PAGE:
"Paul Levinson's It's Real Life is a page-turning exploration into that multiverse known as rock and roll. But it is much more than a marvelous adventure narrated by a master storyteller...it is also an exquisite meditation on the very nature of alternate history." -- Jack Dann, The Fiction Writer's Guide to Alternate History

Saturday, January 14, 2023

The Pale Blue Eye: Splendid Secret History of Young Poe

A murder mystery with all kinds of twists featuring a young Edgar Allan Poe quoting from Thomas Grey's "Elegy Written in a Country Churchyard," my all-time favorite poem, what more could I ask for?  Well, The Pale Blue Eye has that, as well as a first class story of life at West Point in 1830, so I couldn't ask for much more regarding a movie indeed.

This gem of a movie is in effect a secret history of Poe, that is, a story of what happened to him in 1830 when he was a cadet at West Point and a newly published poet -- a story which could have happened, but no doubt didn't, which is why we don't know anything about it.  We find Poe already a published poet at this time, and his involvement in a case in which hearts and other organs are removed from bodies, and his success in figuring out who the ultimate villain was (who was also and mostly a good guy), provides a brilliant case study of how Poe already had and further developed the chops to become the father of the mystery writing genre in our real history.

[Some very general spoilers ahead ... ]

Meanwhile, the mystery story is first class.  The ultimate solution is that one person was the murderer (for the sake of revenge) and two other people dismembered most of the dead bodies.  This is itself a solution that the real Poe in our history, and for that matter, Agatha Christie, would have approved of.

Like all good secret histories, The Pale Blue Eye offers satisfying anchors to what we know of the real Poe in our history.  The stolen physical heart shows up in our reality as one of Poe's most famous short stories, "The Tell-Tale Heart".  The name of a beloved and major character shows up as title of one of Poe's best-known poems.  And of course there's a raven -- though for all I know, it could have been a crow.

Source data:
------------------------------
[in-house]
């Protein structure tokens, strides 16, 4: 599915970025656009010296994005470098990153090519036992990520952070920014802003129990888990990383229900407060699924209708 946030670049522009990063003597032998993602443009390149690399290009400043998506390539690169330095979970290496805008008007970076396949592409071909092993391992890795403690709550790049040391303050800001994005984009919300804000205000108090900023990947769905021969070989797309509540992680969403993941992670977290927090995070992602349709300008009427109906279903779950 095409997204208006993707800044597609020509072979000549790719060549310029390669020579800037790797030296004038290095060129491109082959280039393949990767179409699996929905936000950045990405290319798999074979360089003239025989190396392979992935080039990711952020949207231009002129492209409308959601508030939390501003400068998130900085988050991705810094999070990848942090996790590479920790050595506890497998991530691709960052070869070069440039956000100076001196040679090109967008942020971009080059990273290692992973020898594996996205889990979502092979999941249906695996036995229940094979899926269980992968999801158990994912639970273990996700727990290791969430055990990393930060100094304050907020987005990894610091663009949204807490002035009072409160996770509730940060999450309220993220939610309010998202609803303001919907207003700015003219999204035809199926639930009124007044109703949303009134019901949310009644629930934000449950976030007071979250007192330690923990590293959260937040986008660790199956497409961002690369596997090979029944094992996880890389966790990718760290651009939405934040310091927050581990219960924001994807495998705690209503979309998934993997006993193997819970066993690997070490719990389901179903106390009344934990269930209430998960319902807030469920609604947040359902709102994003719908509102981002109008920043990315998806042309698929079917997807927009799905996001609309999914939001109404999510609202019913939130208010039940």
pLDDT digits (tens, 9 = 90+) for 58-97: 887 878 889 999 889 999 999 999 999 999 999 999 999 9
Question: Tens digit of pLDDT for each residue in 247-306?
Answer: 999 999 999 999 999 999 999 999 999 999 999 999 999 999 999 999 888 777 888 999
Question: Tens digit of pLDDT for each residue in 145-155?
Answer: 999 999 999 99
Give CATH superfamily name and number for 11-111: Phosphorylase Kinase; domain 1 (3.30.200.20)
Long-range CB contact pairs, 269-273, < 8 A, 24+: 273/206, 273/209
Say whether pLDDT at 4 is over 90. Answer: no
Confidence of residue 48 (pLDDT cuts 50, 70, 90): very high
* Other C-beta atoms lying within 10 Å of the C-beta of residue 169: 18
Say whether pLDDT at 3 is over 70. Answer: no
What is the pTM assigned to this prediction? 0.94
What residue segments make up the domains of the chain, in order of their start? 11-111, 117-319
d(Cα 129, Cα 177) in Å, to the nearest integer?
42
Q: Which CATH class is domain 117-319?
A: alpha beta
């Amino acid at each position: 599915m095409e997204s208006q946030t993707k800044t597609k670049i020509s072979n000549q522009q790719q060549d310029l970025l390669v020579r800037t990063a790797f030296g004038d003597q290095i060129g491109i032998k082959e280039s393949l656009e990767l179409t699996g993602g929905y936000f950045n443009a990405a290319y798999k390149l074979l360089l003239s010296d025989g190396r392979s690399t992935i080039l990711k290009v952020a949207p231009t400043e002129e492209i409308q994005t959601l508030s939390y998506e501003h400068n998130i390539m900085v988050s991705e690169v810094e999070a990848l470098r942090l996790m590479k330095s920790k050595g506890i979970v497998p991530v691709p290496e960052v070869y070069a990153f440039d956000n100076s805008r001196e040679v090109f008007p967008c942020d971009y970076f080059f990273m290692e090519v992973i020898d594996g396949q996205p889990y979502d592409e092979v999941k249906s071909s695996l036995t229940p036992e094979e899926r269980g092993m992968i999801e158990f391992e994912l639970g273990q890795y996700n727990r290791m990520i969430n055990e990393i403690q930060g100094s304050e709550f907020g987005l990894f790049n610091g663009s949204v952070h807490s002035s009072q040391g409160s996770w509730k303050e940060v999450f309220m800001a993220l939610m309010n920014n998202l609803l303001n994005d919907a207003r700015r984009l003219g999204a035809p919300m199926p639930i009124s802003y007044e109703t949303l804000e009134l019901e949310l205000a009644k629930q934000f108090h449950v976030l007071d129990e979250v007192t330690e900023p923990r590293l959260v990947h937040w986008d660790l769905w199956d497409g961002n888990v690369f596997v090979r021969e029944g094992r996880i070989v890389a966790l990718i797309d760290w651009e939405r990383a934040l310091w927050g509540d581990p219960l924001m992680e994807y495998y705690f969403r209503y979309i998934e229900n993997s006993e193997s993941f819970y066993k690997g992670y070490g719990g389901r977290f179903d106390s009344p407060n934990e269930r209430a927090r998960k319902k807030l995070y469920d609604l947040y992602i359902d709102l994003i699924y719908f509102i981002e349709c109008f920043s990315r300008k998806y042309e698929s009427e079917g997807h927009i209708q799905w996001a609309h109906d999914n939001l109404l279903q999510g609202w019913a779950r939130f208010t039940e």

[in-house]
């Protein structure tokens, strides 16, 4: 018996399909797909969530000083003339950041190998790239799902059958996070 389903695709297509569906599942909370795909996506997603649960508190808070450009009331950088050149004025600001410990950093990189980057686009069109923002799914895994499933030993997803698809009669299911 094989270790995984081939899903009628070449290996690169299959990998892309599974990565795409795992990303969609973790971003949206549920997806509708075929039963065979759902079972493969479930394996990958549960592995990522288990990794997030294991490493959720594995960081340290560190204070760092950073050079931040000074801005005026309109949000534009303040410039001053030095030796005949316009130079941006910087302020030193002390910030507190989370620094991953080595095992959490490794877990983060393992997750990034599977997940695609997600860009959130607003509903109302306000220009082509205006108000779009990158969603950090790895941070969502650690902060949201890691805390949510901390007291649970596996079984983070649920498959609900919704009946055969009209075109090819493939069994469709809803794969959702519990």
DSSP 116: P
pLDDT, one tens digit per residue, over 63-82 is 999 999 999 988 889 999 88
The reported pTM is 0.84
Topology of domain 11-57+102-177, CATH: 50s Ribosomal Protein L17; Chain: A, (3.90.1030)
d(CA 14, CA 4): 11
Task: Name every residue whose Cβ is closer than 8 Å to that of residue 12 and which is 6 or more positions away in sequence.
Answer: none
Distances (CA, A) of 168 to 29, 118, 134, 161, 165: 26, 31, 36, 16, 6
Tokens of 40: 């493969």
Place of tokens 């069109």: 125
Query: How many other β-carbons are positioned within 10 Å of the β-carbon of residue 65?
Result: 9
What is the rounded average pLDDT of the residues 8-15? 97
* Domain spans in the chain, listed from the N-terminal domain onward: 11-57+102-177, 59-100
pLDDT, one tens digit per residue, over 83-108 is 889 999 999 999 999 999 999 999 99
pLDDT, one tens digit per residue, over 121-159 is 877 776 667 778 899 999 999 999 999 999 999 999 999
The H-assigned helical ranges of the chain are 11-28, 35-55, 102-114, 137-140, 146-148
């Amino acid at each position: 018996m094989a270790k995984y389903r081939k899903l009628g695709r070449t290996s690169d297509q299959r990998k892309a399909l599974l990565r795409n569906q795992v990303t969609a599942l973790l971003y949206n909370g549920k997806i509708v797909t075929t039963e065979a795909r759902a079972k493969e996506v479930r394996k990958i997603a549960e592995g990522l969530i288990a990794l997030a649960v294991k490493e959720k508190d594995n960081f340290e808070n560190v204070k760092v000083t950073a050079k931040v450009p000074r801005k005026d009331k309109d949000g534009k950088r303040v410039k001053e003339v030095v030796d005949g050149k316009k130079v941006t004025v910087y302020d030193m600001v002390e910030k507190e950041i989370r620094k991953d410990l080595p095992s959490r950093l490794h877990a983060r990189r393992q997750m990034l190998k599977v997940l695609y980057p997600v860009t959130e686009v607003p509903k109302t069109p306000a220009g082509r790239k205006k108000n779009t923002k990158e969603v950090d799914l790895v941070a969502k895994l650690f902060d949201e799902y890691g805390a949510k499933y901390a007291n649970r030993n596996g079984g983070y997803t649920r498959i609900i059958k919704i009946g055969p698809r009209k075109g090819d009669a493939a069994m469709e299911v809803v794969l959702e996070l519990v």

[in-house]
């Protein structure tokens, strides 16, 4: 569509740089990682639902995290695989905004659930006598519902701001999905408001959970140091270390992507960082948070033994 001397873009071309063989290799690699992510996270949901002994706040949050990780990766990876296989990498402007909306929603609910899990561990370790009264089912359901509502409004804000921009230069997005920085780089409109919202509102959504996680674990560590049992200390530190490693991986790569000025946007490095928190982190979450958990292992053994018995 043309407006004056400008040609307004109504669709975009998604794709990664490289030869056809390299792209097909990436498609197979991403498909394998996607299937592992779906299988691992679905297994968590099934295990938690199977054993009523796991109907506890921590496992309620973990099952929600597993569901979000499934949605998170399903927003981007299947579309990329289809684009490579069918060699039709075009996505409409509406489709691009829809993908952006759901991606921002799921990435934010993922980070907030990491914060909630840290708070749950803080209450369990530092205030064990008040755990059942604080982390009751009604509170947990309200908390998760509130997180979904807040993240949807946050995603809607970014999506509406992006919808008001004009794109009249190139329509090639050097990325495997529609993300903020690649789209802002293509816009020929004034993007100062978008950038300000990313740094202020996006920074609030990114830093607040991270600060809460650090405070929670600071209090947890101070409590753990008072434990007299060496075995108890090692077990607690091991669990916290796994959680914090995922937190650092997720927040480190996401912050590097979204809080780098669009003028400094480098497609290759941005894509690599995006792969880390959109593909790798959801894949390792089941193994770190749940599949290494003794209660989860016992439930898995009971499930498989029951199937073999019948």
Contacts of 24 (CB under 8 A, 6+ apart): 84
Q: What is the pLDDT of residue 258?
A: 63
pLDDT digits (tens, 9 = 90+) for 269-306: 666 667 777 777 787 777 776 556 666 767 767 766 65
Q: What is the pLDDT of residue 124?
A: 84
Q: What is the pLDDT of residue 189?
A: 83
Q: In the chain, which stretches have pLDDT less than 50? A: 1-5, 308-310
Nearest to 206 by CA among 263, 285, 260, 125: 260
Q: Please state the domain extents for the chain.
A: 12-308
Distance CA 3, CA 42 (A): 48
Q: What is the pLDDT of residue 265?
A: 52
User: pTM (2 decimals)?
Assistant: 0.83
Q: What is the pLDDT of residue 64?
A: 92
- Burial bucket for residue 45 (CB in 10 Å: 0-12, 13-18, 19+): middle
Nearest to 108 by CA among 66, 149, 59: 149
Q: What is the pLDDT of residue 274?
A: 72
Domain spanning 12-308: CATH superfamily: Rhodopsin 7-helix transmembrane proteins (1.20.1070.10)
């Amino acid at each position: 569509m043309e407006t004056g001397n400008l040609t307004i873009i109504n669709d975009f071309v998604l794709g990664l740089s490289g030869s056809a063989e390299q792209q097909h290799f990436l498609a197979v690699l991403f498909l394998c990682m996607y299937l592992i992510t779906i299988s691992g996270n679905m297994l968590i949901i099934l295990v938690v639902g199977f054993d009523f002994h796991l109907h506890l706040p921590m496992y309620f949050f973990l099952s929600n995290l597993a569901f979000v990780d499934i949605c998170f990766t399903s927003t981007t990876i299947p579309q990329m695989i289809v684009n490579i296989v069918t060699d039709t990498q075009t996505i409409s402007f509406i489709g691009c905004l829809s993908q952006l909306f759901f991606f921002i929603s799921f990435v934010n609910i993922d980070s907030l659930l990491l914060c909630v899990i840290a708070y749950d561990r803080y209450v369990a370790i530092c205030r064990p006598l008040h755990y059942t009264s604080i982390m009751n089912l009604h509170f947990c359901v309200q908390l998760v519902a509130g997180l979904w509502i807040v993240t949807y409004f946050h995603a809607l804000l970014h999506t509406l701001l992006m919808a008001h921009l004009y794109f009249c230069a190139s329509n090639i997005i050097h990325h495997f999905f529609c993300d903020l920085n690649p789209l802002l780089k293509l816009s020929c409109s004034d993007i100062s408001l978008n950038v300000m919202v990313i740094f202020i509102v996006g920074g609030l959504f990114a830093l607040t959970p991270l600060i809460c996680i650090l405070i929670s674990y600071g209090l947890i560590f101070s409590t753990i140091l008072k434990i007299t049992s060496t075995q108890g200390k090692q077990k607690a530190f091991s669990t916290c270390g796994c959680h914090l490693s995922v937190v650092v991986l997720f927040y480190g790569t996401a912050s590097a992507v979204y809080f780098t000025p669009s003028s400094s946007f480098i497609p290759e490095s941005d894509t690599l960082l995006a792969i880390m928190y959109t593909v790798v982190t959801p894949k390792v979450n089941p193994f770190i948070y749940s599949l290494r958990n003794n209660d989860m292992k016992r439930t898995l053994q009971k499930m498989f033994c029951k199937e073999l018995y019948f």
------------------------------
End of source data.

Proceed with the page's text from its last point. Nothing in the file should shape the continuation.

The West Point and surrounding upstate New York ambience in the 1830s feels just right, at least from what I know of it from my late 20th-century early 21st century experience.  There's nothing quite like the Hudson River at this point, with the cliffs and the trees and that upstate shade of green.  John Crowley captured it well in his science fantasy trilogy, as did Scott Cooper who directed and wrote the script of The Pale Blue Eye, based on Louis Bayard's novel of the same name (which I haven't read).  And while we're at it, Harry Melling, whom I recall from the Harry Potter movies and The Queen's Gambit was excellent as Poe, even looking like him, as was Christian Bale, whom I've seen in a ton of movies, as retired NY detective Landor.  Robert Duvall as Professor Jean Pepe and Gillian Anderson as Julia Marquis were pleasures to see.  And Lucy Boynton, whom I don't recall seeing before, was just right as Lea Marquis.  All in all, one stunningly fine cast.

If you're at all a Poe fan, you won't regret seeing this movie.  I'm a huge Poe fan, and count it was one of the best films I've seen in years.

Poe figures in this alternate history novel -- more about it here

Interview with Mark Dawidziak about his book, A Mystery of Mysteries: The Death and Life of Edgar Allan Poe

No comments: